Finance

Congress inches toward year-end government funding deal

Sen. John Thune (R-S.D.)
Greg Nash
Sen. John Thune (R-S.D.) takes a break during the Senate Republican leadership elections on Wednesday, November 16, 2022.

Congressional negotiators are making a dash to scrounge together a bipartisan deal on how to fund the federal government for fiscal 2023, with just weeks on the clock until a looming shutdown deadline.  

Sen. John Thune (R-S.D.) told The Hill on Wednesday that top negotiators on both sides have begun exchanging top-line figures for a potential omnibus funding package, but he added “it’s still an open question” whether Congress will pass such a bill next month. 

“The appropriators are trading, now negotiating, and Shelby and Leahy are engaged, and we’ll see if they can strike a deal,” Thune said, referring to ongoing talks between Senate Appropriations Chair Patrick Leahy (D-Vt.) and Vice Chair Richard Shelby (R-Ala.). 

Some negotiators say they’re encouraged by the progress, after funding talks slowed down in the weeks leading up to midterm elections amid anticipation over which party would lead Congress next year. But there is rising uncertainty over what funding bill Congress will manage to pass before the year’s end.

Lawmakers have until Dec. 16, when current funding is set to lapse, to pass legislation to keep the government running or risk shutdown. However, negotiators say it’s likely Congress will pass a short-term funding bill, known as a continuing resolution (CR), punting the deadline through around Dec. 23, if talks require more time. 

But there is division within the GOP over whether to kick the deadline further to allow the next Congress, when the House will usher in a new Republican-led majority, more sway in setting the new funding levels.

Republicans pushing for a delay in new government spending until the next year say the move is necessary to deny Democrats potentially their last chance at shaping government spending after two years of narrow control in Congress.

Sen. Ted Cruz (R-Texas), who is among the senators behind the push, told The Hill on Tuesday that Congress should instead pass a CR that lasts “until early next year, so the newly elected Congress can enact the priorities that the voters elected them to enact.”

That idea has generated pushback from others in the party who say the strategy could hurt funding for key GOP priorities such as defense, however. Others opposing the idea have also cited the coming retirements of Leahy and Shelby as reasons for appropriators to finish their work this year to provide a fresh start for the next Congress.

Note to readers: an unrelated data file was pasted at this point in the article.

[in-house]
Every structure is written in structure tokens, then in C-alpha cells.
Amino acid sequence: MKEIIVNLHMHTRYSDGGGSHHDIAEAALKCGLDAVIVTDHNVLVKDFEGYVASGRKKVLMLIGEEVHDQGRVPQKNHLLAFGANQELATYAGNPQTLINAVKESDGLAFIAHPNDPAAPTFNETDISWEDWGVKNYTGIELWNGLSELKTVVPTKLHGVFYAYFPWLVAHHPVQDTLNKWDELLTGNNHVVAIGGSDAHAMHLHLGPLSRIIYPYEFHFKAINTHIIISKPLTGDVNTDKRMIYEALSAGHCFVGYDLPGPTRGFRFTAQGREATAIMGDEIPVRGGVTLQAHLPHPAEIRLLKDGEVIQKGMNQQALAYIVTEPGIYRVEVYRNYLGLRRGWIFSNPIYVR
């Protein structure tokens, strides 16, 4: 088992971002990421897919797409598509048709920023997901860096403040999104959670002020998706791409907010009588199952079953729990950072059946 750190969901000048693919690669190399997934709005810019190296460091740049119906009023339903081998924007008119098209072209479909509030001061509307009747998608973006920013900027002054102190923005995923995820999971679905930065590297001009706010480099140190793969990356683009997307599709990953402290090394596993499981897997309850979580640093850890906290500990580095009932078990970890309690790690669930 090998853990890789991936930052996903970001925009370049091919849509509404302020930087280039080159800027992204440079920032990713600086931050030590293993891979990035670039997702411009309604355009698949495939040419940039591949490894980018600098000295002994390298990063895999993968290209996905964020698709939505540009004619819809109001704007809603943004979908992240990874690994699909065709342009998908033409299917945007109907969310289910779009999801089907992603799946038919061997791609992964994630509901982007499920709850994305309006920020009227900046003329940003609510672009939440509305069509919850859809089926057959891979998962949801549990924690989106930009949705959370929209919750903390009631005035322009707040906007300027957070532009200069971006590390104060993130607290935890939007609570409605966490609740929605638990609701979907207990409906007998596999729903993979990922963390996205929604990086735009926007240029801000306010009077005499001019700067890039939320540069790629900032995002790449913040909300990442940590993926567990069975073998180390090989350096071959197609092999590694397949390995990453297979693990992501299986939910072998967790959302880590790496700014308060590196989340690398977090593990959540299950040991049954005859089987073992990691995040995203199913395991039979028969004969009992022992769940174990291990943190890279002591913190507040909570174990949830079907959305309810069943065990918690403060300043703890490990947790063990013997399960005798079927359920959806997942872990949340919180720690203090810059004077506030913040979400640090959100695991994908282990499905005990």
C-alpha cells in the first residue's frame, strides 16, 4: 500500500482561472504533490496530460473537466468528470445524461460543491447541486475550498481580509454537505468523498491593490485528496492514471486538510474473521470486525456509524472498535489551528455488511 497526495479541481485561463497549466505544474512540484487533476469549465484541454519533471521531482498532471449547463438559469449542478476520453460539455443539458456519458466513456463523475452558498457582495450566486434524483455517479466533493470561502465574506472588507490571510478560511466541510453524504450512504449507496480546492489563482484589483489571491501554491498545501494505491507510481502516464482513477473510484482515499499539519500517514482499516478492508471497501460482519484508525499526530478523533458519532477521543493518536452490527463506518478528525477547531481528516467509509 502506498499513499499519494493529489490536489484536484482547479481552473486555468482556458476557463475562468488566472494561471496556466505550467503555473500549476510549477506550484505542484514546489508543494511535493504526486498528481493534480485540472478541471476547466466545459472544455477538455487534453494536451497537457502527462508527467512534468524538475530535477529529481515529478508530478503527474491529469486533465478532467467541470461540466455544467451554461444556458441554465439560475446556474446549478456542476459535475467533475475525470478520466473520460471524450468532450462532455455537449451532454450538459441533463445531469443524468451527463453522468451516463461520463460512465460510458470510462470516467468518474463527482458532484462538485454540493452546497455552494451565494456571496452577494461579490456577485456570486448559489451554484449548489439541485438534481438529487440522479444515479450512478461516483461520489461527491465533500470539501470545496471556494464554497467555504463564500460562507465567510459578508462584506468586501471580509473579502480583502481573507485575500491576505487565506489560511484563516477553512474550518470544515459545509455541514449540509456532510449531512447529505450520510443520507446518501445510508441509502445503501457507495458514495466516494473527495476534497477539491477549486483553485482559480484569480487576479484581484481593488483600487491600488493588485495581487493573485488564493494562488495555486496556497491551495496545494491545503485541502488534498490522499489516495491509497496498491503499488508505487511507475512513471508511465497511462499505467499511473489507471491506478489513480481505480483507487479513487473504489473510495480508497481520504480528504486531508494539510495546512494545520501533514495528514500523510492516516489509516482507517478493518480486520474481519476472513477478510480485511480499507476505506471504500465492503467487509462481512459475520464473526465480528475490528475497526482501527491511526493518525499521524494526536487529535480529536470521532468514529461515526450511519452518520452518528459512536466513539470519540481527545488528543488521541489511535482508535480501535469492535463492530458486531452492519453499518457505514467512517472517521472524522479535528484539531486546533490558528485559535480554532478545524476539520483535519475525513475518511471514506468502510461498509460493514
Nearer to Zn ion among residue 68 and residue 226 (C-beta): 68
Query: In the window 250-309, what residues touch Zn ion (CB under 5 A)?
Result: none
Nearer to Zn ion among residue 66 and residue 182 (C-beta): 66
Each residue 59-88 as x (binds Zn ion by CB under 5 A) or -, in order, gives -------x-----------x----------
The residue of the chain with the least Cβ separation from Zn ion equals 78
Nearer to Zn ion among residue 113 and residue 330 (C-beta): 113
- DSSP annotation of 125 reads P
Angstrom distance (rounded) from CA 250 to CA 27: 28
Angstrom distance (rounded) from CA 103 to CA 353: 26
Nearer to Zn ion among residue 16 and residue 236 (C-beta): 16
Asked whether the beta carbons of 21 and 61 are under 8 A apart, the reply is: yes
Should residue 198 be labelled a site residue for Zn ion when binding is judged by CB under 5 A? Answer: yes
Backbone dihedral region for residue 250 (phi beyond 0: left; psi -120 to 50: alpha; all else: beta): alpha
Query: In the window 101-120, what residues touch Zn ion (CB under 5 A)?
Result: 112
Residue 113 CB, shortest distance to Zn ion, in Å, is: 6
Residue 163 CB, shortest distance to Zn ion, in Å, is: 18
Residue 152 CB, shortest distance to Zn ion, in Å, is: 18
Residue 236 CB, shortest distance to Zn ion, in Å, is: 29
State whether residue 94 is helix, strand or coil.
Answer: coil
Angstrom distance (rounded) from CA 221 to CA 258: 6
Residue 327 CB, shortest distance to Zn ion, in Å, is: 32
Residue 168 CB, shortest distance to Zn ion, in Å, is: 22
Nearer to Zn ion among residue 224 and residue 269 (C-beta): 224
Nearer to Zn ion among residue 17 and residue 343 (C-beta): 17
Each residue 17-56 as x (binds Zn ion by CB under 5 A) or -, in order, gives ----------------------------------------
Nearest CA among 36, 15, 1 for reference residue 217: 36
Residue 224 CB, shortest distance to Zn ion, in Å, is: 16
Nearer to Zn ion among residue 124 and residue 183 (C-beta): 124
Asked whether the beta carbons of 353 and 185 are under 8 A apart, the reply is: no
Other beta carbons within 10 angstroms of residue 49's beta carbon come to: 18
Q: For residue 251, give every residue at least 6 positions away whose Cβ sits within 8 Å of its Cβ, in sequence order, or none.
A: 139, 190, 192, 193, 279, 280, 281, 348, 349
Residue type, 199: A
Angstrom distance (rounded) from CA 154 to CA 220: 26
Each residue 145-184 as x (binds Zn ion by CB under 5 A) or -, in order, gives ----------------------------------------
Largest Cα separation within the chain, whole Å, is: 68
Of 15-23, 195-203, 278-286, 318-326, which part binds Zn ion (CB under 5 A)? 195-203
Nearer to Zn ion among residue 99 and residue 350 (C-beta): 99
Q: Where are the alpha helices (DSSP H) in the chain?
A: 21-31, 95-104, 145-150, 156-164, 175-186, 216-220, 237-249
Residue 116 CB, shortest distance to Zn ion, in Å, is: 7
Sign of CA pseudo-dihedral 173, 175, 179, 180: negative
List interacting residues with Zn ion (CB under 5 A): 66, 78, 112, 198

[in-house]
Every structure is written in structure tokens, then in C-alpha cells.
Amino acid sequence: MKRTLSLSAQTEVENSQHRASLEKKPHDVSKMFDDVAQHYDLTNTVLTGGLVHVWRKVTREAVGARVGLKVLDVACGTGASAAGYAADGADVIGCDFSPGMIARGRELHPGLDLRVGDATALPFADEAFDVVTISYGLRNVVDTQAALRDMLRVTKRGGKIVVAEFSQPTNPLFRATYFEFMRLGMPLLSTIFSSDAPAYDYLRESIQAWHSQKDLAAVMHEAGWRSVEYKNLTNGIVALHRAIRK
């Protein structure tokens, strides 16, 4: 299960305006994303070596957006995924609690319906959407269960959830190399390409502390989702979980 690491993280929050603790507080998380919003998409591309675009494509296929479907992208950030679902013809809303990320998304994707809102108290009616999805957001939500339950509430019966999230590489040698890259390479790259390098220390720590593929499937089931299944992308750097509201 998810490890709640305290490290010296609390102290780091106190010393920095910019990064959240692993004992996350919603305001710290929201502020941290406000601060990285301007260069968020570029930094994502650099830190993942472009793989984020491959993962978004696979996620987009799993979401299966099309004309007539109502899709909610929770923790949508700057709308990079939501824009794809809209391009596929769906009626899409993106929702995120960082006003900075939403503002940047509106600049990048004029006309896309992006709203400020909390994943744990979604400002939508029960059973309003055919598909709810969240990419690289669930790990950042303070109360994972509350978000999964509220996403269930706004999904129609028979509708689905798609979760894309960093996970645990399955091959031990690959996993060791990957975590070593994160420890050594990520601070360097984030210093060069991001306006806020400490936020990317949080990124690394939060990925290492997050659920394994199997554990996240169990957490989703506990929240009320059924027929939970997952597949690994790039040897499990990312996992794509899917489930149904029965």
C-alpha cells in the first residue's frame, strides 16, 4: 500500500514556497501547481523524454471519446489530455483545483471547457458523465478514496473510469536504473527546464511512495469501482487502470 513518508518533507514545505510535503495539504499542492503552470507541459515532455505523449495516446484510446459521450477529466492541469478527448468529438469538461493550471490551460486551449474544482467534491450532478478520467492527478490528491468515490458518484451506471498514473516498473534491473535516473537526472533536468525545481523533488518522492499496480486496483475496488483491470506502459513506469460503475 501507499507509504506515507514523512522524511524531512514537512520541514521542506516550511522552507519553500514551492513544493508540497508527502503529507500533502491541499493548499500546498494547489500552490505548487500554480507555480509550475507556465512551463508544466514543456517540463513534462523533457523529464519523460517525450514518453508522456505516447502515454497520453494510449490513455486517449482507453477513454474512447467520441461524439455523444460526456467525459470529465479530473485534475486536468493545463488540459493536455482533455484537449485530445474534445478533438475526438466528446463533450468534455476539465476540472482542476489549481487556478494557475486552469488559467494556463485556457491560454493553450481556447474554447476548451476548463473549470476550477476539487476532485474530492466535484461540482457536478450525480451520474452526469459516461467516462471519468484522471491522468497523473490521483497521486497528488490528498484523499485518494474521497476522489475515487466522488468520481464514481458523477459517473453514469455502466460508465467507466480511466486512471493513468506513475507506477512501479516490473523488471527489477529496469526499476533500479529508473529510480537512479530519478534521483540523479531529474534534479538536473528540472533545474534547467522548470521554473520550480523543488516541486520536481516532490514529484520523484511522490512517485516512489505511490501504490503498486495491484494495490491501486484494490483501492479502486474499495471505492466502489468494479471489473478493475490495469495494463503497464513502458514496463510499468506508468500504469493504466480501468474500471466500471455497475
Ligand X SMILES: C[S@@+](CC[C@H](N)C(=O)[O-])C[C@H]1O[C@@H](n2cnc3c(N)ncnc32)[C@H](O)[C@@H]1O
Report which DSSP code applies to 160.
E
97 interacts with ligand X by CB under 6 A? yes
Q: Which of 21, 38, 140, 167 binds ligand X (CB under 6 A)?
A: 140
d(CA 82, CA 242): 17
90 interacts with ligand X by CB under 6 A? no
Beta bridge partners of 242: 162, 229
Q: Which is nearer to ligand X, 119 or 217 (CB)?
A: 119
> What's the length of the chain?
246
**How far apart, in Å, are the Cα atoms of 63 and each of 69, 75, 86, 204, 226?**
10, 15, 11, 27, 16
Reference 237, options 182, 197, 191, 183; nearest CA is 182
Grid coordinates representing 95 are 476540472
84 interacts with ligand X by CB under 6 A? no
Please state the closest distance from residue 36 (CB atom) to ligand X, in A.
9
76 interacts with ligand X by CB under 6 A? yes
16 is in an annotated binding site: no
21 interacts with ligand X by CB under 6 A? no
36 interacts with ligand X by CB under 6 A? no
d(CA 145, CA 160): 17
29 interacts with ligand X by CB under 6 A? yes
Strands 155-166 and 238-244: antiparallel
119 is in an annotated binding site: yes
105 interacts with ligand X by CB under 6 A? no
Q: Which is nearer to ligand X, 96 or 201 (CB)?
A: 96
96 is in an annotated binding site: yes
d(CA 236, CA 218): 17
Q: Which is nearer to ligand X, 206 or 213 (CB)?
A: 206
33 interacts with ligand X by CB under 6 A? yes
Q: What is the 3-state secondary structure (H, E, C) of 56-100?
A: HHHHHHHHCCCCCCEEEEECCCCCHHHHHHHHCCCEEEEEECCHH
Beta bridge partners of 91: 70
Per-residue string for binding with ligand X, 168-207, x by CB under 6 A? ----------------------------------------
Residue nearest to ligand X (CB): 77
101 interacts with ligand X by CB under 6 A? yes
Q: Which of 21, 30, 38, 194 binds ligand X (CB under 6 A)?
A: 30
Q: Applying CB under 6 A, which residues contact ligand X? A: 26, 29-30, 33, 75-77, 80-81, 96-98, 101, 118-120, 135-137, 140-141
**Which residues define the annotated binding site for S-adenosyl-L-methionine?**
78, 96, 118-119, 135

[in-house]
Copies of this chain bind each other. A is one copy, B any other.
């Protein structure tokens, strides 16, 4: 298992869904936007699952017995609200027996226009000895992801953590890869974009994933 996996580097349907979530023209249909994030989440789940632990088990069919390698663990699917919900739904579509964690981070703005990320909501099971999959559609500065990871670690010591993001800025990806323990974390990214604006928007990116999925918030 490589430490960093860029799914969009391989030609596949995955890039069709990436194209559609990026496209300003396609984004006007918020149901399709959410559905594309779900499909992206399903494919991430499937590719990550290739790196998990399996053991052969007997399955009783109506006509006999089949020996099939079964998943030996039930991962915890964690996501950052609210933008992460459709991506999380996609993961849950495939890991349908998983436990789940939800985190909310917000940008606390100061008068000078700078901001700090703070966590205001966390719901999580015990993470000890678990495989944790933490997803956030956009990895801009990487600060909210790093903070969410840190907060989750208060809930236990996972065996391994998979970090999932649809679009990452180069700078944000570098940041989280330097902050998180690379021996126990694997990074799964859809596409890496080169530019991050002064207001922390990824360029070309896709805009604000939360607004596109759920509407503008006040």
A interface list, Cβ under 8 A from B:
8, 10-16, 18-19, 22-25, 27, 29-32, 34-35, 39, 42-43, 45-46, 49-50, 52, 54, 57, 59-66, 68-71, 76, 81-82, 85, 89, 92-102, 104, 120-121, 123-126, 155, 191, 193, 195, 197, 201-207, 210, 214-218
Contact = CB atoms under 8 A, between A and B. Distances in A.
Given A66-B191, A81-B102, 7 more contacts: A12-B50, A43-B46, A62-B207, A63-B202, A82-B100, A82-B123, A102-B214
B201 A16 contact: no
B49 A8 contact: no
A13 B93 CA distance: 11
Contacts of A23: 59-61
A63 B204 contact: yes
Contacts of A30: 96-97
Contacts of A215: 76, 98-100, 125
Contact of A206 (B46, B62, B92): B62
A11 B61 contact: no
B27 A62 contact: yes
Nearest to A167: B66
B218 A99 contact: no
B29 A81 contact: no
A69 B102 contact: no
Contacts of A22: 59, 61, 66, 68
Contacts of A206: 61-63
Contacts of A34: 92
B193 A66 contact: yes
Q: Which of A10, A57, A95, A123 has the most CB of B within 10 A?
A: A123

Some Republicans have also been hesitant to share a position on whether they would support an omnibus in recent days, as they await more details from negotiations. However, Republicans are pressing for spending cuts outside of defense spending in any deal that leaders finalize to gain their support.

“It’s very important that we pass a budget that adequately funds defense, but represents overall a reduction in our spending growth and our debt accumulation,” Sen. John Kennedy (R-La.) told The Hill on Wednesday.

“The Democrats just spent this last year cramming through their domestic priorities at a tune of $700 billion that helped programs across the United States,” Sen. Joni Ernst (R-Iowa) said Wednesday. “We voted no on that. It was all done through reconciliation and through their priorities. That should be considered when we take a look at, now, spending on national defense.”

Politico reported on Wednesday that House and Senate negotiators agreed on a budget top line of $847 billion for national defense as part of the National Defense Authorization Act for fiscal 2023. 

Sens. James Inhofe (R-Okla.) and Jack Reed (D-R.I.) declined comment on the report in remarks to reporters on Wednesday. Shelby also wouldn’t comment on the figure when pressed on the report.

“We’re not completely done yet,” Reed told The Hill.

Tags appropriations John Thune John Thune omnibus Patrick Leahy Patrick Leahy Richard Shelby Richard Shelby Ted Cruz
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